Native Advocacy Group Works To Build Political Engagement In Indian Country
Chase Comes at Night, who is Blackfeet, is a high school senior in Billings who wants to get more involved in politics.
“The issues that I would focus on addressing would be, most likely, poverty and just connecting our reservations and rural areas to the real world," Comes at Night says. "On the reservations it seems like it's more of a third world compared to what we live in.”
Comes At Night says when politicians, of any party, pass through tribal communities and reservations during the campaign season they often promise change. But once the race for votes is over and the winner is announced, they don’t come around as much.
“It does feel like they just stop by, get the vote and leave; shake hands," he says.
Comes at Night is a member of the year-old Billings Schools Tribal Council. It was set up last year to promote leadership among native students.
He and other members of the council attended a two day meeting in Great Falls last week called the Indigenous Movements Interchange. Its goal was to inspire indigenous political action.
Marci McLean is the executive director of Western Native Voice and Montana Native Vote, the organizations that put on the event. McLean said few native people in Montana have a history that’s included education about political involvement.
“1924 is finally when we got our citizenship," she says. "We were the first ones here and the last ones to get our citizenship. We didn’t get voting rights until 1965. And even after that, in some states, natives couldn't vote. So you add that on top of the deep mistrust of the government, government of any kind. So it’s taking a concept that is fairly new to our people and educating them about it.”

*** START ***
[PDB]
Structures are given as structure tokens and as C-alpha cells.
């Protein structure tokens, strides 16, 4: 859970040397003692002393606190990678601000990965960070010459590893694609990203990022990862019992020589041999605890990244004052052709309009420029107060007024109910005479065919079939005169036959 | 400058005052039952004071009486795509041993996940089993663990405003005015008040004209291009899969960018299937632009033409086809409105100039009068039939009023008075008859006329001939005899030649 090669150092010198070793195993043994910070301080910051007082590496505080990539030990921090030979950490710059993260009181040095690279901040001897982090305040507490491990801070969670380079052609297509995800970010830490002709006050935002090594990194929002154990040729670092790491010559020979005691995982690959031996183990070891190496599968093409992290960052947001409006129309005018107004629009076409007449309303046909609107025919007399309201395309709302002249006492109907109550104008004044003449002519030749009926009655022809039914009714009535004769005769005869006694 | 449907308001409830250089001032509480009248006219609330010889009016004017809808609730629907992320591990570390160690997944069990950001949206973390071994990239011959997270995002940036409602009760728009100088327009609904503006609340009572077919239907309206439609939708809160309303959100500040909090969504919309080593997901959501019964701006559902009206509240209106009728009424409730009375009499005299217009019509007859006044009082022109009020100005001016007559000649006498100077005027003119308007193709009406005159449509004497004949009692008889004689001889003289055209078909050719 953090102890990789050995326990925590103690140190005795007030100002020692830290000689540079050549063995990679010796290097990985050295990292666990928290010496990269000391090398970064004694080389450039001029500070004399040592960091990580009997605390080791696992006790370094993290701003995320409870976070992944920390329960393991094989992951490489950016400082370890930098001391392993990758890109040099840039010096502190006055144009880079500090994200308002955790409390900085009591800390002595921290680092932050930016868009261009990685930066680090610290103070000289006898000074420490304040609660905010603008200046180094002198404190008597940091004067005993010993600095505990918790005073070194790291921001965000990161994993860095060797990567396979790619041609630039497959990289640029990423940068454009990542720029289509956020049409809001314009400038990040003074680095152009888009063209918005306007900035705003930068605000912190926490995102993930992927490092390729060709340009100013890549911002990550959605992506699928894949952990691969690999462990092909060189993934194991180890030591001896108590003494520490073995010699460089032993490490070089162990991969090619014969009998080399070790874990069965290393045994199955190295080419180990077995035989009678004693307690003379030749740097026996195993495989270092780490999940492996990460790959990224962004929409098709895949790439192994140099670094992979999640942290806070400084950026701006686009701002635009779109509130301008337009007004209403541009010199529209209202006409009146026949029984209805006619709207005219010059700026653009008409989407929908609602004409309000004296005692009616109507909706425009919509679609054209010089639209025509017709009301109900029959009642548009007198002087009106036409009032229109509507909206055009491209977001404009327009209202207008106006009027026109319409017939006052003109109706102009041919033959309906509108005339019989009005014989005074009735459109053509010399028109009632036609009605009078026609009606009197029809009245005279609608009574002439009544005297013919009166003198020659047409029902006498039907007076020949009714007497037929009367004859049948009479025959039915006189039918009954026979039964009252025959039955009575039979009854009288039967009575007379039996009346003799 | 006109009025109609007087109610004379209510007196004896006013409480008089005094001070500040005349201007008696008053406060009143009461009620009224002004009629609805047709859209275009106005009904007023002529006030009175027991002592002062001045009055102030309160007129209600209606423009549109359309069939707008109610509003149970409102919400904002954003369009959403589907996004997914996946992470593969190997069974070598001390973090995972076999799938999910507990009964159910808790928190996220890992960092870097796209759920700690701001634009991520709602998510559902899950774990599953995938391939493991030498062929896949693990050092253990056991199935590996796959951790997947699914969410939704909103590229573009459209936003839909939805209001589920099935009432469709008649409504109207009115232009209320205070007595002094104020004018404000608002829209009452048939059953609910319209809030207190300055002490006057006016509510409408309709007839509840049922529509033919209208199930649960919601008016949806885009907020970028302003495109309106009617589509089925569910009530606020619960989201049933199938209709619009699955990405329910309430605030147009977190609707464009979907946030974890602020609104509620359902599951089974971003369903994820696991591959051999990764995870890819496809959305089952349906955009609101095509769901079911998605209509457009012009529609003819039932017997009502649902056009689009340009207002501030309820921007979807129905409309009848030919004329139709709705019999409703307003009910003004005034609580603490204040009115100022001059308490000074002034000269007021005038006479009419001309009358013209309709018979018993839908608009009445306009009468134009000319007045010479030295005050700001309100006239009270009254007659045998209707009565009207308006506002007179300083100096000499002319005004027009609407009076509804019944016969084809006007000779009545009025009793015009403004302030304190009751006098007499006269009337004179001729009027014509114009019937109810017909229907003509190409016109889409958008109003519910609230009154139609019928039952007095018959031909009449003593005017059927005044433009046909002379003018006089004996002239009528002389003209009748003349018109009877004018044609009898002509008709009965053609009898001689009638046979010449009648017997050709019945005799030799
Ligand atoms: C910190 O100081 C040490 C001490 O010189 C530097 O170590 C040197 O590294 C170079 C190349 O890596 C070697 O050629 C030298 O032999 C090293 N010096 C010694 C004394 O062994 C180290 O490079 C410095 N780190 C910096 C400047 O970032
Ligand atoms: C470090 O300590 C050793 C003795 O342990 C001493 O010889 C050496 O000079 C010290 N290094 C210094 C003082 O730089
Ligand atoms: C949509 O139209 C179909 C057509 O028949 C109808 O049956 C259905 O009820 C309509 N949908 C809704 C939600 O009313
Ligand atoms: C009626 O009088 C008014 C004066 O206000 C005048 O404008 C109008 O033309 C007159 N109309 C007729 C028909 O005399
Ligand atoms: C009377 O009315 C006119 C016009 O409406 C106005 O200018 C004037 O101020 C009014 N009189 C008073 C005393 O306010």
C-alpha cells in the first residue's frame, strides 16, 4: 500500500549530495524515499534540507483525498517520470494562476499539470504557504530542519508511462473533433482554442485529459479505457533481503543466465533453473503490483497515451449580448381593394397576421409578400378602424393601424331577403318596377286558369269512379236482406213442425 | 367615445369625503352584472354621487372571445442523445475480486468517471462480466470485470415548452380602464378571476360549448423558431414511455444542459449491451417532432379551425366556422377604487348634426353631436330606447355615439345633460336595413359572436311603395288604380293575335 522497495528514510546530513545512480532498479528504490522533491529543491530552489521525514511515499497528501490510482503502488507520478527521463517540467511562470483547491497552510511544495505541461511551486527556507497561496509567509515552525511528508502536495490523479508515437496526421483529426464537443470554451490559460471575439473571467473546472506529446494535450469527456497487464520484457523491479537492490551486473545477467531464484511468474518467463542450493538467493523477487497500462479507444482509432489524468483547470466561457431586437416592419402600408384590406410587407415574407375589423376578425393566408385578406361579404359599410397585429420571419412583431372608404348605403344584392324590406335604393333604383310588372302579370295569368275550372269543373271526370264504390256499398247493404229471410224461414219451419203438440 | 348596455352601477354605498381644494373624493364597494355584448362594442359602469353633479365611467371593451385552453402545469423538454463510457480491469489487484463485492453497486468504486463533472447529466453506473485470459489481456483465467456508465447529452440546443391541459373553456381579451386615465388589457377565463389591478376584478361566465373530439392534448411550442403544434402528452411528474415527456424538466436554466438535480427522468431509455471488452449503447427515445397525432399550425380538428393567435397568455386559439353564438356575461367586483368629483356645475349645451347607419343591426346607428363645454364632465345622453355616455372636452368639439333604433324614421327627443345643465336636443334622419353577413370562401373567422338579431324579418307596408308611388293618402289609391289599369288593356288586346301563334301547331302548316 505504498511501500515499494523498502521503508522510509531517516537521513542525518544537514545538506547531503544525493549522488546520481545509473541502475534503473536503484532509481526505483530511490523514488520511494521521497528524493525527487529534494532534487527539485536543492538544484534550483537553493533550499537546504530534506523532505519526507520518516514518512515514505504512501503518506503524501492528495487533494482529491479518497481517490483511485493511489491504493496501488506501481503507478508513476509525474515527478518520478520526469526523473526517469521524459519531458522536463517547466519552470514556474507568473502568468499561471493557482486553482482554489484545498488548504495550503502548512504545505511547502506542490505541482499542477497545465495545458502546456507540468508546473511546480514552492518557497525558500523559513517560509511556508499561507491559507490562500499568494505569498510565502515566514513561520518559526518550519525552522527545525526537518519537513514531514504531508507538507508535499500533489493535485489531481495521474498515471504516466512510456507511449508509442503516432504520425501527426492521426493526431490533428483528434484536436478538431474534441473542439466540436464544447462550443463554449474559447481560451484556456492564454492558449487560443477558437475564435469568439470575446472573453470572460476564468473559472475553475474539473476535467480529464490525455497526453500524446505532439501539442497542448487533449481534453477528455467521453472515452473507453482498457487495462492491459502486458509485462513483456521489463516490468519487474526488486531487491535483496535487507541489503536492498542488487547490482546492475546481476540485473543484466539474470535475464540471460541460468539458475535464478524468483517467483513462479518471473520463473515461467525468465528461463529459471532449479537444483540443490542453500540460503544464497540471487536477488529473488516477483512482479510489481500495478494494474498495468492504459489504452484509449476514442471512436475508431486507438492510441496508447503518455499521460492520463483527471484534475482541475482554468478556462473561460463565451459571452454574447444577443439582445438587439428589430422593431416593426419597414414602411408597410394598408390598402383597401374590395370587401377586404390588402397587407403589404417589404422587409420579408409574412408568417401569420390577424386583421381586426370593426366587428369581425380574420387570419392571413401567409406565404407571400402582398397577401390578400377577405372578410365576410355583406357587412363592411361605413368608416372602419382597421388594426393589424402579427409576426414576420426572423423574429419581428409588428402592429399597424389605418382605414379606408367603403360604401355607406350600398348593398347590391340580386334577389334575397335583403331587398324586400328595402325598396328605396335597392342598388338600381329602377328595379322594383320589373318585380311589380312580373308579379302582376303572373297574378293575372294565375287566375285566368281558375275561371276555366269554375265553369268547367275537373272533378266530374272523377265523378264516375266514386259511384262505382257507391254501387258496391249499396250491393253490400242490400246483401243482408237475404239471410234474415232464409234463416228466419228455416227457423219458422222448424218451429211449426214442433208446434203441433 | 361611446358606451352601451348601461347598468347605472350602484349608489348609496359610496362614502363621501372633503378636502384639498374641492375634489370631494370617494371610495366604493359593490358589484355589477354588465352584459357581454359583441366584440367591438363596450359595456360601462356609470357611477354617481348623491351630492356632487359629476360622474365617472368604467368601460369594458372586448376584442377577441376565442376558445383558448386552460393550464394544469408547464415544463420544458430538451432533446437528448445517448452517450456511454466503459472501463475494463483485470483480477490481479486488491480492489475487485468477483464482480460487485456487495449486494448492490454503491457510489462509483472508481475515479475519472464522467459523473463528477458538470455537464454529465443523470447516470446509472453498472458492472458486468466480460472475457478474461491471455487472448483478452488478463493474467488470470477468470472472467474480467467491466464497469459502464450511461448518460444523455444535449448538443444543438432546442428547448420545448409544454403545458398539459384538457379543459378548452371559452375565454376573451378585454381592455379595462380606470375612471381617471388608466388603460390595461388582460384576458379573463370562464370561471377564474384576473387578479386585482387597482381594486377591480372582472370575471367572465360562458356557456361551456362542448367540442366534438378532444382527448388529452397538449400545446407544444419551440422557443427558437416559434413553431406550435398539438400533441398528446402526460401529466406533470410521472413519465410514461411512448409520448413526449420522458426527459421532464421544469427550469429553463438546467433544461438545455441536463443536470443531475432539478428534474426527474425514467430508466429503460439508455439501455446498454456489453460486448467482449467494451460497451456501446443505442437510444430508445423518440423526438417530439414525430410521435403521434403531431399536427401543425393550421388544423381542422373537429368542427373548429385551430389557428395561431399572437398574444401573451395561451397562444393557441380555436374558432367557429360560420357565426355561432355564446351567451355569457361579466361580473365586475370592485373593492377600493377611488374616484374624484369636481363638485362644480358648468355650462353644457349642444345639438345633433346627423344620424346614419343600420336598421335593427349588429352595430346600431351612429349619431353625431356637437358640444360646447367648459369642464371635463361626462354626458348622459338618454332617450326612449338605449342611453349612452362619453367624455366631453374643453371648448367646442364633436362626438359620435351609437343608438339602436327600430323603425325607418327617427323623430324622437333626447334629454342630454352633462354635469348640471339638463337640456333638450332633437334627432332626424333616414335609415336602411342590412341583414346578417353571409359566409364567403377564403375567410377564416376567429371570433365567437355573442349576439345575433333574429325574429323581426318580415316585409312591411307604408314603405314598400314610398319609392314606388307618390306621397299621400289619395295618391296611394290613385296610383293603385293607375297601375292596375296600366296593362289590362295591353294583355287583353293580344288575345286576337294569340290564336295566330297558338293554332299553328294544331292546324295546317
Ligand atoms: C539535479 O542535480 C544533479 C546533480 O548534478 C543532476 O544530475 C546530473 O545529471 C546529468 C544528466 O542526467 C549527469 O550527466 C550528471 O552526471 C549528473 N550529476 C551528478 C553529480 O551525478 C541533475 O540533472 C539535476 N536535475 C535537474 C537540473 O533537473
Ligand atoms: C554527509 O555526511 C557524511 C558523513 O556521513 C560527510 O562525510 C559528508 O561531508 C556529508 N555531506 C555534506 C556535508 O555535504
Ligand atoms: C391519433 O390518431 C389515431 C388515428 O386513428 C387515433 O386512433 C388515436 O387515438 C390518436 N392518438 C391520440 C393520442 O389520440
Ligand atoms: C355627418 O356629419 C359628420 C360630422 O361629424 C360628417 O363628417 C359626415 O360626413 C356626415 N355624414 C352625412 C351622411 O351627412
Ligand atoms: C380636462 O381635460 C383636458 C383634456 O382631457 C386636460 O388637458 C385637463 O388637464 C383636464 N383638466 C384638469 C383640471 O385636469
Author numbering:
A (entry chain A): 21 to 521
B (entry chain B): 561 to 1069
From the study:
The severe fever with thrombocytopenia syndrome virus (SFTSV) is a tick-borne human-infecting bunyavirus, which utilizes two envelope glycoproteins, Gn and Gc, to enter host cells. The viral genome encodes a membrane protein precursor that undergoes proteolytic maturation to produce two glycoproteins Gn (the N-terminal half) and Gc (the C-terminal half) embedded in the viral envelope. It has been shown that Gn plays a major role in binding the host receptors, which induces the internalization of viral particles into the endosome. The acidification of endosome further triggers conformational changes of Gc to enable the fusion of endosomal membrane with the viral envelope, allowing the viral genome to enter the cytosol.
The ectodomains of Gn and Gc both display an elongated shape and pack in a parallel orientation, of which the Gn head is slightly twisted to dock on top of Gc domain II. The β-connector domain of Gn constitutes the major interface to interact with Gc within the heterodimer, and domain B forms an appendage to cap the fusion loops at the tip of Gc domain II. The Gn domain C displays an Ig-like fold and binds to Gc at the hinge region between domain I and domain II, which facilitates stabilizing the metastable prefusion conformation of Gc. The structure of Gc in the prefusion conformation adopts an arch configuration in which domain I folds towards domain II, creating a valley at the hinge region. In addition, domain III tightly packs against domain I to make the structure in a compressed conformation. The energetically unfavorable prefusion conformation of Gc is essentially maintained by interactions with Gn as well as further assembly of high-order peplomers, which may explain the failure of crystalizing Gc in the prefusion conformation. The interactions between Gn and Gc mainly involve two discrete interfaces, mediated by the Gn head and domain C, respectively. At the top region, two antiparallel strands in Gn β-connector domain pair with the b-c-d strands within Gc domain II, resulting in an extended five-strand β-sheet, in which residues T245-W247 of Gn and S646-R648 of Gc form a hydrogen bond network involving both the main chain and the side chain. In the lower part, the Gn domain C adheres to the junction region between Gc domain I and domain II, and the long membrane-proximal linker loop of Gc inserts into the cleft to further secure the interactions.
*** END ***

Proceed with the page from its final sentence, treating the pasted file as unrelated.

The interchange was open to anyone who wanted to attend. McLean said it drew mostly younger people, and students.
She says she’s seeing more younger native people wanting to learn about how to be a part of politics in Montana.
Marcos Lopez, who’s Nez Perce, said many of his classmates and other people in his community don’t trust that voting or getting involved in politics will do anything to help them.
“You don’t see change that benefits you," he says. "So it is disheartening. So you don’t believe in that system any more and you get the idea that you don’t have power, and so you don’t make an effort.”
Alissa Snow, the field Director for Western Native Voice, said one of the main goals of the Indigenous Movements Interchange is promoting education that can lead to a return of the power that Lopez said many people feel they’ve lost.
“There is still a huge disconnect between what happens at our state level and what happens in our local communities," Snow says. "Our community members just aren't informed and they aren't connected to policy, and they don't understand the impacts that policy has in our native communities.”
Participants in the Interchange got lessons on organizing with social media, understanding issues currently facing Indian Country, and how to turn issues they see on reservations and in their communities into policy and political action.
U.S. Democratic Senator Jon Tester made an appearance for a brief town hall on the second day of the conference, and fielded questions about how Congress is going to act on the growing reports of missing and murdered indigenous women, the lack of quality telecommunication services on reservations, and the funding status for the Indian Health Service.
It was a friendly and supportive environment for Tester, who is up for reelection this November.
Montana Native Vote and Western Native Voice are two separate non-profit organizations run by the same staff members. Western Native Voice is non-partisan. Montana Native Vote works to recruit Native political candidates for public office and describes itself on its Facebook page as an organization “Advocating progressive change in Montana’s Indian Country.”
N’zshonico Cummins,who is Northern Cheyenne and also a member of the Billings Schools Tribal Council, says when she votes for the first this year she’ll look for a candidate who she believes will follow through on the promises they make during their campaign.
“I wouldn’t vote for somebody that says they’re going to do this and change this when they’re not really trying a whole lot,” Cummins says.
All the students from the Billings Schools Tribal Council who attended the political activism conference said a candidate's ability to keep promises is a big deal, for some the most important thing, when they’re thinking about who they’ll vote for.